Everything that you’ll ever need to know about High Intensity Interval Training (HIIT)
When it comes to burning fat and improving our stamina, our health, and our fitness in general, obviously cardio exercise is probably the first thing that comes to mind, and for good reason too.
Cardio burns fat, it increases our energy, it boosts our metabolisms, and it improves our mental health and well-being as well.
Rather than just simply hopping on a treadmill or exercise bike, or going for a four mile jog around your local area however, why not consider a few different and slightly more unique examples of cardio based exercise instead, HIIT for example?
What exactly is HIIT?
High Intensity Interval Training is basically a training technique based upon cardiovascular exercise, which requires an individual to alternate between periods of slow and controlled low intensity exercise, to periods of fast paced high intensity exercise.
Alternating between periods of low and high intensity exercise is extremely beneficial in a variety of different ways. Some of these include:
It increases the metabolism
Our metabolisms are responsible for taking calories stored fat and food that we consume, and converting them into glucose which is then used by the body as a form of energy.
The faster our metabolisms are, the more fat we’ll burn, the less fat we’ll store, and the more energy we’ll have as a result.
The great thing about HIIT is that it temporarily boosts the metabolism for several hours after your workout, which means that not only do you burn calories during your workout, you also burn more calories for several hours after your workout as well.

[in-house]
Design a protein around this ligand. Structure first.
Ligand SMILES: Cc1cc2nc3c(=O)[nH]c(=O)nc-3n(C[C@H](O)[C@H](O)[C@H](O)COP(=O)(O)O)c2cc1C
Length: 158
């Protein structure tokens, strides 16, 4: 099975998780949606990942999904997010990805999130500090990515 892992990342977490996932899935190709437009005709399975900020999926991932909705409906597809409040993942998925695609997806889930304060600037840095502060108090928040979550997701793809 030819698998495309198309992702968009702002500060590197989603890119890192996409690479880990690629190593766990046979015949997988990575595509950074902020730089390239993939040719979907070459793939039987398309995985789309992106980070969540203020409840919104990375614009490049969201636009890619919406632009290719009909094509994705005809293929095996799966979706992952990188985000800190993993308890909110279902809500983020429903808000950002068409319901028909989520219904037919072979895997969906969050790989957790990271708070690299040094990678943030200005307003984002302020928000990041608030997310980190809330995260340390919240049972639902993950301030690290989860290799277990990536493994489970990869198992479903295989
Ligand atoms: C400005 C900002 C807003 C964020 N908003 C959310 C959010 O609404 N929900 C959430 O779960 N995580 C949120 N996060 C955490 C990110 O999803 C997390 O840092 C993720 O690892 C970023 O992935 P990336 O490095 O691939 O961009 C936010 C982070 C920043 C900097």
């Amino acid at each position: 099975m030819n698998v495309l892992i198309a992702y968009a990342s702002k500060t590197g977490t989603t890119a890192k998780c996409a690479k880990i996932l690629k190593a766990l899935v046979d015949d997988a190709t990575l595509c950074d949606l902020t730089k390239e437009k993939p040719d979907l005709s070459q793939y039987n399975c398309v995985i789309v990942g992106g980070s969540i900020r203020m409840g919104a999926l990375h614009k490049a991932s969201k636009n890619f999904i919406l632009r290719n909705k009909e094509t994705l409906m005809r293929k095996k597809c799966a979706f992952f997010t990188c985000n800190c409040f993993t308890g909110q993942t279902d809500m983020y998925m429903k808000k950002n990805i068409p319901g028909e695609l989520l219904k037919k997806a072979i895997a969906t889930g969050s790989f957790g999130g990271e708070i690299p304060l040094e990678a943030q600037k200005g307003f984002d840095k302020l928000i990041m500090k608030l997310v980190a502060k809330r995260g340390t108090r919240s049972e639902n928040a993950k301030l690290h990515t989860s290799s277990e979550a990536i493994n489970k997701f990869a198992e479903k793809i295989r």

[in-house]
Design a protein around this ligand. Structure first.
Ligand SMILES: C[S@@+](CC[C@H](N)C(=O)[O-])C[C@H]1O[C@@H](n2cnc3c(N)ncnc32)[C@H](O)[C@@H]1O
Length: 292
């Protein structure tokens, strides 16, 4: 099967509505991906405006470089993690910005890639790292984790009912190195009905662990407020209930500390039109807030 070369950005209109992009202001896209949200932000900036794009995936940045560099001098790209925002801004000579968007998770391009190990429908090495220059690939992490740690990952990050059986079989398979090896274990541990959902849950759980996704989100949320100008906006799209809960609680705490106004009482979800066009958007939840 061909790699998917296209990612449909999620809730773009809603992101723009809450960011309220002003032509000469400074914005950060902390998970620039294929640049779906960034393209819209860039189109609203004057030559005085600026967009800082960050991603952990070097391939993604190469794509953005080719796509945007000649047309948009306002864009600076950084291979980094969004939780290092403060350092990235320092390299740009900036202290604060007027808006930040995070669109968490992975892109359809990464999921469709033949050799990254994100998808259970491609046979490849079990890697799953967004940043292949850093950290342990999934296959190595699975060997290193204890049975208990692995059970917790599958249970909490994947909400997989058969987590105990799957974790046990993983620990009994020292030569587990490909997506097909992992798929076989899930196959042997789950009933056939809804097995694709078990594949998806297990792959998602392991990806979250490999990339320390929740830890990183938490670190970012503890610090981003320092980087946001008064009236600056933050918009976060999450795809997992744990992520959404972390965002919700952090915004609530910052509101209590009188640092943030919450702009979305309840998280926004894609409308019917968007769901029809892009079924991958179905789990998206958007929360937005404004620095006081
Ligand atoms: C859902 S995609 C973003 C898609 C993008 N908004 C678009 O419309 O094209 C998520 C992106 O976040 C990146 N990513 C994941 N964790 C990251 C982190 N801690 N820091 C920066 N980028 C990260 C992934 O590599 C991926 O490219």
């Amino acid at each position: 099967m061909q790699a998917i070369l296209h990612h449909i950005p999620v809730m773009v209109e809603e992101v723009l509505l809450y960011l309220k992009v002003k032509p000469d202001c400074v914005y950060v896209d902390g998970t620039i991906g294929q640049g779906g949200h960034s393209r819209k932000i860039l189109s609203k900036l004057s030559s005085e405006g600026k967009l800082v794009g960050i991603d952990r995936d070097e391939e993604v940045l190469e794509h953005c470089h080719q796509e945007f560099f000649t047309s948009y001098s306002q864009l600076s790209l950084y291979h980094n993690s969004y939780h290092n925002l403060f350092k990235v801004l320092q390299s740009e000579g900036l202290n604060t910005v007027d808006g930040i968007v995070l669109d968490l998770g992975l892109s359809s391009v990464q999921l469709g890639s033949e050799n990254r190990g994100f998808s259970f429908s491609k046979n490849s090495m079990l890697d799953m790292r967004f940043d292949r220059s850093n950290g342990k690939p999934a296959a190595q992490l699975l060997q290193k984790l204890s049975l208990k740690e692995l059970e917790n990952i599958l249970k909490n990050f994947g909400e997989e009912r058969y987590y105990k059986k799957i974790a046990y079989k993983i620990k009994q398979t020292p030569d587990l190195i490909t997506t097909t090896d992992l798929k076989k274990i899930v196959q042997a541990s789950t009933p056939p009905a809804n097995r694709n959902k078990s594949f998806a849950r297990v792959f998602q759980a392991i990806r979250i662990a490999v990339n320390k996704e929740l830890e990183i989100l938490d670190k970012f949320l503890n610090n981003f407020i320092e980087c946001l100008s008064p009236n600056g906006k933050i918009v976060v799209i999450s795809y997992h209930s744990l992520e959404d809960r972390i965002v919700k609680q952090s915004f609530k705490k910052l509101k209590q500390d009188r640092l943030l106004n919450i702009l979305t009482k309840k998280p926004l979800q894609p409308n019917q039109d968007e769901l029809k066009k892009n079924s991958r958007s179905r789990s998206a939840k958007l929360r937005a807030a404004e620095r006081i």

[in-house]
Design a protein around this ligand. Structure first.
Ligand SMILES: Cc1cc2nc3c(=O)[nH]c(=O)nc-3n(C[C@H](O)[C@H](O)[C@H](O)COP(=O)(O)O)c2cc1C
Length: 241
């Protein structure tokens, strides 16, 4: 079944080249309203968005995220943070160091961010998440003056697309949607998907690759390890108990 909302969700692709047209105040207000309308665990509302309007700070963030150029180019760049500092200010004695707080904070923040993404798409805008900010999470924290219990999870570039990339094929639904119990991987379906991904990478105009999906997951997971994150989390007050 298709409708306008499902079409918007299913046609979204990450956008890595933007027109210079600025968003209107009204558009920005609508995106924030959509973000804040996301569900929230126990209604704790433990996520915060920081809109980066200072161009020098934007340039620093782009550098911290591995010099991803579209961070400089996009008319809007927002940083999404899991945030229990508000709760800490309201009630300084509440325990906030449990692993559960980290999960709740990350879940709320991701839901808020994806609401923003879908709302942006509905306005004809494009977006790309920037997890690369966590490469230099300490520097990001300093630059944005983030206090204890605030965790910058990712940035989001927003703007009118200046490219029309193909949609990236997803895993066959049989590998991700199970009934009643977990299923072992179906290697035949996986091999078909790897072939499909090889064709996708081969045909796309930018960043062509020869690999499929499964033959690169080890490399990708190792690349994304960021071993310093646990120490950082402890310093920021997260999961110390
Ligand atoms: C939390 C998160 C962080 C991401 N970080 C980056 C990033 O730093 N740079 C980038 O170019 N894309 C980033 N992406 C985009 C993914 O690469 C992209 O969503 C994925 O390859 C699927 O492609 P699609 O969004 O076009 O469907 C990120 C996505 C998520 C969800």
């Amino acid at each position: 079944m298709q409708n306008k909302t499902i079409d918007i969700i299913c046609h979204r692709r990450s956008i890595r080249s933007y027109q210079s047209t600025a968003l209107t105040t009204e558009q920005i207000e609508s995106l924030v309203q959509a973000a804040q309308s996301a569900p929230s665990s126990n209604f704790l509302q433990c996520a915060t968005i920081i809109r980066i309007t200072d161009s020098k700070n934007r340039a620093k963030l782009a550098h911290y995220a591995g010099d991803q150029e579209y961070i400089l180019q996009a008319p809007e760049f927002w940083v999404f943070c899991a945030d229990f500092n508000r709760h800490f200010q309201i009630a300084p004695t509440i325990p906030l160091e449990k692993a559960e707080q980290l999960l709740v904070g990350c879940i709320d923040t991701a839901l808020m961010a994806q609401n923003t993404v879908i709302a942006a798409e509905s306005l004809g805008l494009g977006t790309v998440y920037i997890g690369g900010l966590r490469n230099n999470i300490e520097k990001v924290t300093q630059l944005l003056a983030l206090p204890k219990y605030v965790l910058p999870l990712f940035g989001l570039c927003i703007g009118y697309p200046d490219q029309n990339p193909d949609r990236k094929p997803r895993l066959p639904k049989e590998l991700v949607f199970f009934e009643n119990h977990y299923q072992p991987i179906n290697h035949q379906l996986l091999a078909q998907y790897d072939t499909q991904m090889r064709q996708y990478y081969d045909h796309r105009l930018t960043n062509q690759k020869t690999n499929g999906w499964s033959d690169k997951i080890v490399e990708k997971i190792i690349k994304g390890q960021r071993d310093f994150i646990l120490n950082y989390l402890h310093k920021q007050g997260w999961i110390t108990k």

It’s over quickly!
One of the main things that tends to put people off from cardio is the fact that it’s often so boring and that it tends to drag on for so long.
- The average cardio session on a treadmill, in which people will jog at a moderate pace for around one hour, will burn roughly 400 – 500 calories on average.
- The average HIIT workout, which lasts no more than 30 minutes max, has the potential to burn around 700 calories, so not only will you burn roughly 200 more calories, but you will also be finished in half the time.
What is a typical HIIT workout?
Ok, so we’ve looked at the basic premise behind HIIT, as well as a couple of the more popular advantages, but what about an actual sample workout itself?
Well, look no further as here we’ll be providing a typical treadmill based HIIT workout, although in reality HIIT can be applied to almost any form of exercise:
- After warming up, begin by getting on a treadmill and walking at a slow and steady pace for around 90 seconds.
- Next, crank up the speed of the treadmill and sprint at around 90% maximum effort for between 30 – 60 seconds, depending on your overall fitness levels.
- After the 30 – 60 seconds have passed, slow the speed back down and walk again for another 90 seconds before repeating again.
- Repeat this process for around 8 – 10 rounds on average, and by the end of the workout you should be feeling truly exhausted.